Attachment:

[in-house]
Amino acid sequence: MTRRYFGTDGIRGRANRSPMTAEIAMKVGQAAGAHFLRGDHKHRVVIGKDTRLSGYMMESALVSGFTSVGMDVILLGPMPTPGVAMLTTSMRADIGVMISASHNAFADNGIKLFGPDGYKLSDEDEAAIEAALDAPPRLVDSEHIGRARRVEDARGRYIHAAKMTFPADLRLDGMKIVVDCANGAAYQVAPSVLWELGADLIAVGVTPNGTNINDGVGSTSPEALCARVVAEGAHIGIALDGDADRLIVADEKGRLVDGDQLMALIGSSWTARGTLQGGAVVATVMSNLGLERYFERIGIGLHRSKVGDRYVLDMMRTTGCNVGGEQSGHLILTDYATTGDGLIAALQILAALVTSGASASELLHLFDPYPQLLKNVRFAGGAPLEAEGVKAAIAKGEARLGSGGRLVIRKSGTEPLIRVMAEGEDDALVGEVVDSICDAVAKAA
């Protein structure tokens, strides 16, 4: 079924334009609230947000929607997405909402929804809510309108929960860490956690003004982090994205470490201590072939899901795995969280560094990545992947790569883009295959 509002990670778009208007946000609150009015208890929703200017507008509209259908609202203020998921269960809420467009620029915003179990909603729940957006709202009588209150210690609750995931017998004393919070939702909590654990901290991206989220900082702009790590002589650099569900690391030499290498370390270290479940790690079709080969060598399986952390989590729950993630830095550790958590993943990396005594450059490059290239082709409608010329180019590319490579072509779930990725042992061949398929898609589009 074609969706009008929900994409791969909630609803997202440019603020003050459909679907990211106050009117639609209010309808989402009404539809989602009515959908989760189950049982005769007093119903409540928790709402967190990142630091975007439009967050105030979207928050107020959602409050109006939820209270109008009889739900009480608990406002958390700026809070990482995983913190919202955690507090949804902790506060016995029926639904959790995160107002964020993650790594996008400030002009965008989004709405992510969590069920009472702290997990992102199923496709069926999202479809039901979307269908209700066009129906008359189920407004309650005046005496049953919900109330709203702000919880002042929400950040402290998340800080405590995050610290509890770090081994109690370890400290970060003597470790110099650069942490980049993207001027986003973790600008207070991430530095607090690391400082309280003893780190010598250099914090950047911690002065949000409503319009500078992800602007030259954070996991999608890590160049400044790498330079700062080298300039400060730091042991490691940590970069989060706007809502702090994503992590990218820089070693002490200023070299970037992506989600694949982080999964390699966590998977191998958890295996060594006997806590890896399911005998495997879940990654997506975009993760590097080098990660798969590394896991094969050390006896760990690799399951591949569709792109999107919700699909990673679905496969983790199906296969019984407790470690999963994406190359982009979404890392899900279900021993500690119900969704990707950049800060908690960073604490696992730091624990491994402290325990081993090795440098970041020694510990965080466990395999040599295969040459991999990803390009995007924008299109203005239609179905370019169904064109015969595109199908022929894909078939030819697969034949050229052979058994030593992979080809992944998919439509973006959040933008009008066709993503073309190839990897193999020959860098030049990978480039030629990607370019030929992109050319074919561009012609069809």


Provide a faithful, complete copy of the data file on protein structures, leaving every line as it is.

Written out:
[in-house]
Amino acid sequence: MTRRYFGTDGIRGRANRSPMTAEIAMKVGQAAGAHFLRGDHKHRVVIGKDTRLSGYMMESALVSGFTSVGMDVILLGPMPTPGVAMLTTSMRADIGVMISASHNAFADNGIKLFGPDGYKLSDEDEAAIEAALDAPPRLVDSEHIGRARRVEDARGRYIHAAKMTFPADLRLDGMKIVVDCANGAAYQVAPSVLWELGADLIAVGVTPNGTNINDGVGSTSPEALCARVVAEGAHIGIALDGDADRLIVADEKGRLVDGDQLMALIGSSWTARGTLQGGAVVATVMSNLGLERYFERIGIGLHRSKVGDRYVLDMMRTTGCNVGGEQSGHLILTDYATTGDGLIAALQILAALVTSGASASELLHLFDPYPQLLKNVRFAGGAPLEAEGVKAAIAKGEARLGSGGRLVIRKSGTEPLIRVMAEGEDDALVGEVVDSICDAVAKAA
């Protein structure tokens, strides 16, 4: 079924334009609230947000929607997405909402929804809510309108929960860490956690003004982090994205470490201590072939899901795995969280560094990545992947790569883009295959 509002990670778009208007946000609150009015208890929703200017507008509209259908609202203020998921269960809420467009620029915003179990909603729940957006709202009588209150210690609750995931017998004393919070939702909590654990901290991206989220900082702009790590002589650099569900690391030499290498370390270290479940790690079709080969060598399986952390989590729950993630830095550790958590993943990396005594450059490059290239082709409608010329180019590319490579072509779930990725042992061949398929898609589009 074609969706009008929900994409791969909630609803997202440019603020003050459909679907990211106050009117639609209010309808989402009404539809989602009515959908989760189950049982005769007093119903409540928790709402967190990142630091975007439009967050105030979207928050107020959602409050109006939820209270109008009889739900009480608990406002958390700026809070990482995983913190919202955690507090949804902790506060016995029926639904959790995160107002964020993650790594996008400030002009965008989004709405992510969590069920009472702290997990992102199923496709069926999202479809039901979307269908209700066009129906008359189920407004309650005046005496049953919900109330709203702000919880002042929400950040402290998340800080405590995050610290509890770090081994109690370890400290970060003597470790110099650069942490980049993207001027986003973790600008207070991430530095607090690391400082309280003893780190010598250099914090950047911690002065949000409503319009500078992800602007030259954070996991999608890590160049400044790498330079700062080298300039400060730091042991490691940590970069989060706007809502702090994503992590990218820089070693002490200023070299970037992506989600694949982080999964390699966590998977191998958890295996060594006997806590890896399911005998495997879940990654997506975009993760590097080098990660798969590394896991094969050390006896760990690799399951591949569709792109999107919700699909990673679905496969983790199906296969019984407790470690999963994406190359982009979404890392899900279900021993500690119900969704990707950049800060908690960073604490696992730091624990491994402290325990081993090795440098970041020694510990965080466990395999040599295969040459991999990803390009995007924008299109203005239609179905370019169904064109015969595109199908022929894909078939030819697969034949050229052979058994030593992979080809992944998919439509973006959040933008009008066709993503073309190839990897193999020959860098030049990978480039030629990607370019030929992109050319074919561009012609069809």